Costa Rica Powered by Nearly 100% Renewable Energy
Costa Rica aims to have net zero carbon emissions by 2050 and if it's energy production in 2019 is a sign of things to come, then it is well on its way to that goal. The small Central American nation produced the most electricity in its history during the month of May and nearly 100 percent of it was from renewable sources, according to Think Geoenergy.
The 984.19 GWh of electricity generation in May surpassed all historical counts and it meant that Costa Rican Institute of Electricity (ICE), the state-owned power and telecoms provider, stopped buying energy from the Regional Electricity Market and instead started selling electricity back to other Central American nations in the marketplace, as Think Geoenergy reported.
The May numbers are a crucial milestone since nearly 75 percent of the nation's renewable energy comes from hydropower produced in rivers and Costa Rica was in the midst of a historic drought before the rainy season started in May.
"This achievement is the result of the planning and optimization of resources of the national matrix, which protects its regulatory reservoirs in dry periods – like the one just faced – while increasing the geothermal quota," said ICE in a statement, according to Think Geoenergy.
The dry spell was the first big test of an ambitious push for clean energy, said Javier Orozco, planning director at ICE, as Reuters reported. A renewable electricity supply is one of the "most important advances" toward liberating the economy from dependence on fossil fuels, according to a national decarbonization plan launched in February.
"After these critical months, we don't think we'll need more thermal production (using fossil fuels)," said Orozco to Reuters.
Orozco added that even though rivers were exceptionally low and hydropower generation was stressed, a strong push in wind energy allowed Costa Rica to generate 97 percent of its electricity from renewable sources, during the dry summer months of January to April.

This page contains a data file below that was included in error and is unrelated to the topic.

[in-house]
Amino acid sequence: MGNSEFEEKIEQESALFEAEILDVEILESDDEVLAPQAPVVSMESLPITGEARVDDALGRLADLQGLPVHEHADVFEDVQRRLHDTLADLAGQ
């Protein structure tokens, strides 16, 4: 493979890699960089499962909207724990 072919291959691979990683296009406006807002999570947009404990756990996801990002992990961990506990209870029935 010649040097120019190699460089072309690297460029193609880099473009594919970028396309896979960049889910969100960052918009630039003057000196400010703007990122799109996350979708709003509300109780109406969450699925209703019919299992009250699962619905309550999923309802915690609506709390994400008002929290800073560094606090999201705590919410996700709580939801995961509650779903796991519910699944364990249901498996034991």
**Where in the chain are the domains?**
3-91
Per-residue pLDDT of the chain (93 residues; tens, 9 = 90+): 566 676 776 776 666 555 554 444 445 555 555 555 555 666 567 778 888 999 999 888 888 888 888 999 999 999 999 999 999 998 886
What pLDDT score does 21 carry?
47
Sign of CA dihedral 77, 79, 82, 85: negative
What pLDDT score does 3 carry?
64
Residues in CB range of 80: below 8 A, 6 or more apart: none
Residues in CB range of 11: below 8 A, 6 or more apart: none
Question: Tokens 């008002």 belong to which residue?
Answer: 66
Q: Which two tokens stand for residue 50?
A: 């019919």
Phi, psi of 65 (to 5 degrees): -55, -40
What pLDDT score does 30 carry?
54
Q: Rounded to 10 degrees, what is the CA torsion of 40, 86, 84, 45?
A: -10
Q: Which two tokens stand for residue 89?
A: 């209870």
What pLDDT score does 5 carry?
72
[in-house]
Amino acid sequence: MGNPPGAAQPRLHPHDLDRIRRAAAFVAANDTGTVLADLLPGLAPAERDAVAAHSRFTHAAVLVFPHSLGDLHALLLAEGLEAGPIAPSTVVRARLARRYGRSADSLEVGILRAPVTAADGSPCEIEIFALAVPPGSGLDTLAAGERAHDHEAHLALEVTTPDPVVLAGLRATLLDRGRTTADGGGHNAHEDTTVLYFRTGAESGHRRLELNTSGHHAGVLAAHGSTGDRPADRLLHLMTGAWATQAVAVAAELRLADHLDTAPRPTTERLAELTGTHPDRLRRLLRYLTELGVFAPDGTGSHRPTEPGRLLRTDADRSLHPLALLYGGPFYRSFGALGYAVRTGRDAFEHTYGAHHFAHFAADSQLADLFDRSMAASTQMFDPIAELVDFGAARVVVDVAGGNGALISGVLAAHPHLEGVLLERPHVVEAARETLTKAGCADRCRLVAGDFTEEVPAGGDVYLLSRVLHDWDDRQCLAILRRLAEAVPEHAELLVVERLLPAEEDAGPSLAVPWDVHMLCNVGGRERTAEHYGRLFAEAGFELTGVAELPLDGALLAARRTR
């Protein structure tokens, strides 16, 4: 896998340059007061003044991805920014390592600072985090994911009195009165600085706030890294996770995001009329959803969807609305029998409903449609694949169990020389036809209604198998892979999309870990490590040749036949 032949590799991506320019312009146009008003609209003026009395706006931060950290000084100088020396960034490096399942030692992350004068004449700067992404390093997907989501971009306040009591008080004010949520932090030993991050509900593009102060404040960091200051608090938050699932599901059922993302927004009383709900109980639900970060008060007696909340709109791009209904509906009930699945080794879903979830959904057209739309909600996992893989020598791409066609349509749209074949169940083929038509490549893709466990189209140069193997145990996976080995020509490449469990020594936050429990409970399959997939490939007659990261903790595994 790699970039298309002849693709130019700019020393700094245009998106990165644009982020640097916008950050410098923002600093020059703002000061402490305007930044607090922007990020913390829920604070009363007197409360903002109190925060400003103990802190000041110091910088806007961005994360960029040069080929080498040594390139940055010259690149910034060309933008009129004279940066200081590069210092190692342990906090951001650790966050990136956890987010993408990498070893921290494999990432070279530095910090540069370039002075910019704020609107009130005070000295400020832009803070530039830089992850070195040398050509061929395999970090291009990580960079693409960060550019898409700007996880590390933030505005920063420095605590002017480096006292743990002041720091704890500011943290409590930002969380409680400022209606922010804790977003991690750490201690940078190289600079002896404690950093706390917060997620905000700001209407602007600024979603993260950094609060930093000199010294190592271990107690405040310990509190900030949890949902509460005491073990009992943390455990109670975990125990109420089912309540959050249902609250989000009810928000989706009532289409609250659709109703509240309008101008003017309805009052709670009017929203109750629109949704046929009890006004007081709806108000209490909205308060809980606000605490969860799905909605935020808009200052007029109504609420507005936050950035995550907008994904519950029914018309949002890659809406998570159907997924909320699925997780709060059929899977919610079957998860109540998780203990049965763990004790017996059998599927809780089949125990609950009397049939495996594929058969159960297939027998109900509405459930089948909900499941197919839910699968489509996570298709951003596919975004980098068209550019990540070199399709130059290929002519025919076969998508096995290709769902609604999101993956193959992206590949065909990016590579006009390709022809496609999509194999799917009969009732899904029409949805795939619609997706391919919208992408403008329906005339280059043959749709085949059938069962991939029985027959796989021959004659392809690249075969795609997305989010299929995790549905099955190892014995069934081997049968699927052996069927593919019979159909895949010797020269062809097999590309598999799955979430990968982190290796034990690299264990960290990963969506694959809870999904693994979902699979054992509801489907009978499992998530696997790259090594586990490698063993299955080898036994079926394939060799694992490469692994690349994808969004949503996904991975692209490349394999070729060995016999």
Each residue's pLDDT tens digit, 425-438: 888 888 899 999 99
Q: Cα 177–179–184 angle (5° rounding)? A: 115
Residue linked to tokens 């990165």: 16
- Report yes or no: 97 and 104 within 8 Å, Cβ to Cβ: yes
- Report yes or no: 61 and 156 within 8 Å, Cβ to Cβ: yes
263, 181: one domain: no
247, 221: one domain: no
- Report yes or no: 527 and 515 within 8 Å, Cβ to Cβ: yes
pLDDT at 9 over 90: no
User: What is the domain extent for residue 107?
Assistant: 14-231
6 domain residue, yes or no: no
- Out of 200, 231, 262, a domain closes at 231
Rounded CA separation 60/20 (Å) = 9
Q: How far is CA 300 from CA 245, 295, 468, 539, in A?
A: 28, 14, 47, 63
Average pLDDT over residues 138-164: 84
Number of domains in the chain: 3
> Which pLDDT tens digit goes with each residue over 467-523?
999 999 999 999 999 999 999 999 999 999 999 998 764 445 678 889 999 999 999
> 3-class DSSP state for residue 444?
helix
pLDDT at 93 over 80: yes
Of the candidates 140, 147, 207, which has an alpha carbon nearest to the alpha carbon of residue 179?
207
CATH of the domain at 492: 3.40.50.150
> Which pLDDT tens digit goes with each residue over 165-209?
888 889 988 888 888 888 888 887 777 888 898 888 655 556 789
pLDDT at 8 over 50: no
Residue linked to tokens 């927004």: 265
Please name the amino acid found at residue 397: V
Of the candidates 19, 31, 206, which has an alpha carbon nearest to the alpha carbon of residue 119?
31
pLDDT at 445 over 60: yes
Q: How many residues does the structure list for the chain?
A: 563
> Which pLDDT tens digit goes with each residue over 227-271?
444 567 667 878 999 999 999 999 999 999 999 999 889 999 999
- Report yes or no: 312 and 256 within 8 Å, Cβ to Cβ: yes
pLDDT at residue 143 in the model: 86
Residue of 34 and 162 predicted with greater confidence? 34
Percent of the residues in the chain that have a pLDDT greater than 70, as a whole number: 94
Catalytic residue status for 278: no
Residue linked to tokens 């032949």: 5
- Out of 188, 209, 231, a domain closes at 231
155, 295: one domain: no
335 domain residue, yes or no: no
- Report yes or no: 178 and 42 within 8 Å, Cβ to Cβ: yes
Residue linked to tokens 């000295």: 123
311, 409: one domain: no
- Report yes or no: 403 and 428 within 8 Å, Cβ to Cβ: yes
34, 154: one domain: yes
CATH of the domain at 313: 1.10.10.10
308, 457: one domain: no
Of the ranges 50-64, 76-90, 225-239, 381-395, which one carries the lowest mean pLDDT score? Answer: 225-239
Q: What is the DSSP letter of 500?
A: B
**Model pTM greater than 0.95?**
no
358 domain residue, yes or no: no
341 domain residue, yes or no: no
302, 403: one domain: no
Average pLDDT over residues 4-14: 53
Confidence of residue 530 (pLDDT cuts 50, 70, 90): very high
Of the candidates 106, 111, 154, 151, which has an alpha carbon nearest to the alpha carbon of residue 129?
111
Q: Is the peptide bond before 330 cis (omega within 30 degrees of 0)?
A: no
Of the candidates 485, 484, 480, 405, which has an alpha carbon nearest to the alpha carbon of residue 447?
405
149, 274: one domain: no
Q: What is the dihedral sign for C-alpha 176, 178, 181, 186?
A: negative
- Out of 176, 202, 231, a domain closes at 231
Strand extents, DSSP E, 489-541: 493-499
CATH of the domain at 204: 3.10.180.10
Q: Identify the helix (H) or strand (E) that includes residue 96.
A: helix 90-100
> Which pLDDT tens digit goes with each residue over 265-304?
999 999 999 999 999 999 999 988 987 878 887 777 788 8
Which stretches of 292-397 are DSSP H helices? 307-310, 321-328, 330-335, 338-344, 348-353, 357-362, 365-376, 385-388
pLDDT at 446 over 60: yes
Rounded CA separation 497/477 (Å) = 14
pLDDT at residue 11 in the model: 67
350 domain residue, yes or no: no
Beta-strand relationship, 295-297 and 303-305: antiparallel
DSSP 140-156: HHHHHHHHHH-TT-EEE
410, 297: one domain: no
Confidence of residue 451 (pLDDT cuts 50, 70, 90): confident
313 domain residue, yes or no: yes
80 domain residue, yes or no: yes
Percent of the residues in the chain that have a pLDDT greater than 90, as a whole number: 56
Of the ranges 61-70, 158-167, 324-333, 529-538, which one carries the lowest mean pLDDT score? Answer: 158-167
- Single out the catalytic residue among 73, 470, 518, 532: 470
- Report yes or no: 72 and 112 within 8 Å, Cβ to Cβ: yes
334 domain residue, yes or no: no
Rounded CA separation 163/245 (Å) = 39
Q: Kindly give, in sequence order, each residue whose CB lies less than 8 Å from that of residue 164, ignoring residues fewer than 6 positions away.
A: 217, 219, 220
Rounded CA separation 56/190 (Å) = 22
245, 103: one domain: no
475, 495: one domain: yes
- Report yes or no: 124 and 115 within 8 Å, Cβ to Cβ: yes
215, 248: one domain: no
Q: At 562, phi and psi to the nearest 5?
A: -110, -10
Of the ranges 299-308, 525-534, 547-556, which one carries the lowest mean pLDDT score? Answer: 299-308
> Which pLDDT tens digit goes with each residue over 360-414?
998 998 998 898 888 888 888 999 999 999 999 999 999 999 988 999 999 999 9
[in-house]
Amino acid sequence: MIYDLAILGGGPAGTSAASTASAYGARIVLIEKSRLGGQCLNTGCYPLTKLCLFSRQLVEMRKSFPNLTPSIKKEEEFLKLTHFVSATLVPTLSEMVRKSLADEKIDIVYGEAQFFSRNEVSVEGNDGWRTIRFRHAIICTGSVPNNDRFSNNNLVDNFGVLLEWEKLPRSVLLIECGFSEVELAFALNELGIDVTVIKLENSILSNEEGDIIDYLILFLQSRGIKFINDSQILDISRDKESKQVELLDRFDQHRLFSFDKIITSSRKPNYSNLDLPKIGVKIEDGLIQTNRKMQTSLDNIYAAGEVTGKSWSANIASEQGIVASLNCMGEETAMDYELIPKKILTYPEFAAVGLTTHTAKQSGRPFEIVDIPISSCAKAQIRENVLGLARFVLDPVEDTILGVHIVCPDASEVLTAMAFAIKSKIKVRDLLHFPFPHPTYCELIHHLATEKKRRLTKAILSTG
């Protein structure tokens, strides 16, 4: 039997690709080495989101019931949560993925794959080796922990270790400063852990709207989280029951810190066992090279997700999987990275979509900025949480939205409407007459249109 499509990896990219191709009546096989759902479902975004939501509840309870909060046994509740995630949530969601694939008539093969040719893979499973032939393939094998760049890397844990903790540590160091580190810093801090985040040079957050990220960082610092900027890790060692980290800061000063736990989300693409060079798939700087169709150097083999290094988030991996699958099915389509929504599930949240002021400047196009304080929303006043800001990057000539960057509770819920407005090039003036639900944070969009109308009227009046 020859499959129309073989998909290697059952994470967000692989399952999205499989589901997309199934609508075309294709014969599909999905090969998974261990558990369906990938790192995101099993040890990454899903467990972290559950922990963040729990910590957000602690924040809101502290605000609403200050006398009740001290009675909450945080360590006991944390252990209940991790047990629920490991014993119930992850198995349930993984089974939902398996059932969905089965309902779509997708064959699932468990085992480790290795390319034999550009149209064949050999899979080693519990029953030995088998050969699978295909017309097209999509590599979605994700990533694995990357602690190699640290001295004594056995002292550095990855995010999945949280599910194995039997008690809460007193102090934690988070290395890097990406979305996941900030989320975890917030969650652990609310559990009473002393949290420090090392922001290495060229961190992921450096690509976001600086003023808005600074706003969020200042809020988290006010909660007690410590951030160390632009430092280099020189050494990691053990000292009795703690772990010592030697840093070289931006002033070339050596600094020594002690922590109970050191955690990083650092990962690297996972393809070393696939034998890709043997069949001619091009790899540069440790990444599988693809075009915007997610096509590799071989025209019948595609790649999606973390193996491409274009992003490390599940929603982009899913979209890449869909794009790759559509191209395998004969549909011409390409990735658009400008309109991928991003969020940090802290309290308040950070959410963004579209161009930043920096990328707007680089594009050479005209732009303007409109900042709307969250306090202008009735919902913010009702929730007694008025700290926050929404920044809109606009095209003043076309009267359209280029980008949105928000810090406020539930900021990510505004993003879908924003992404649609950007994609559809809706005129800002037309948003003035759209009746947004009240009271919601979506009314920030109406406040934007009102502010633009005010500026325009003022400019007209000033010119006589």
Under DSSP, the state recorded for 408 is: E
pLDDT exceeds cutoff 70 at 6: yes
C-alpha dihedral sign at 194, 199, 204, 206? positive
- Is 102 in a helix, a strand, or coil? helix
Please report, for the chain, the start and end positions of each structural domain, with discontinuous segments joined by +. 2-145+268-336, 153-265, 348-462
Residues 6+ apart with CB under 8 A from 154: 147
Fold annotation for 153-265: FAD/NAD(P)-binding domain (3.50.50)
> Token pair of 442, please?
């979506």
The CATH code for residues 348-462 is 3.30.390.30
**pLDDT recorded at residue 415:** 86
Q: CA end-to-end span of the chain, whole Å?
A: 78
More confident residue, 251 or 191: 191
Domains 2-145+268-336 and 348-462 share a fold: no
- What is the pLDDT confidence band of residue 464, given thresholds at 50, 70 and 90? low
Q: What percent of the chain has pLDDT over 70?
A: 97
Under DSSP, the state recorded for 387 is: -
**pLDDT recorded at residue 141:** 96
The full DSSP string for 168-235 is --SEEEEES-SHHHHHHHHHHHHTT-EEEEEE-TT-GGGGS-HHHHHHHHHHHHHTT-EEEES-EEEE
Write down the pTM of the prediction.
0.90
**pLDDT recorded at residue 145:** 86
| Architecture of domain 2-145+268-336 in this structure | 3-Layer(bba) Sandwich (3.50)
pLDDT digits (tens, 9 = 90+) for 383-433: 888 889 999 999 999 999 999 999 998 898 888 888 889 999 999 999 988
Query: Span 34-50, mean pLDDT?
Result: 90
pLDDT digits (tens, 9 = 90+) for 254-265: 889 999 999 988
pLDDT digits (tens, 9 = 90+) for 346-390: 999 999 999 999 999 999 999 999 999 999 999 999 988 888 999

The dependence on hydropower means that the dry months can be particularly costly for ICE since it must maintain twice the hydropower capacity than it regularly uses, according to Jose Daniel Lara, a researcher at the University of California Berkeley, as Reuters reported. Those costs may increase as extreme weather associated with the global climate crisis increases the frequency, severity, and duration of droughts.
To address that concern and ICE's mounting debts, Costa Rica is looking to diversify its renewables. Wind power has grown to 15 percent, up from 4 percent in 2011. Geothermal power accounted for nearly 13 percent of energy generation in May.
Last month, Costa Rica opened a brand new geothermal plant, the country's seventh, with a projected annual generation of 410 gigawatt hours. The country's drive to harness the power contained in volcanic steam will mitigate its dependence on hydropower. Costa Rica is now the third-largest producer of geothermal power in the Americas, according to the Costa Rica based Tico Times.
"Anyone who has doubt of what Costa Rica is capable of should come to Pailas II in Guanacaste and see what we are capable of accomplishing," said President Carlos Alvarado, as the Tico Times reported. He added that Costa Ricans should be proud of their sustainability efforts.
The nation's push to sustainability as part of its decarbonization plan will also include a push toward cleaner public transport, improving waste management and expanding the country's forests, according to Reuters.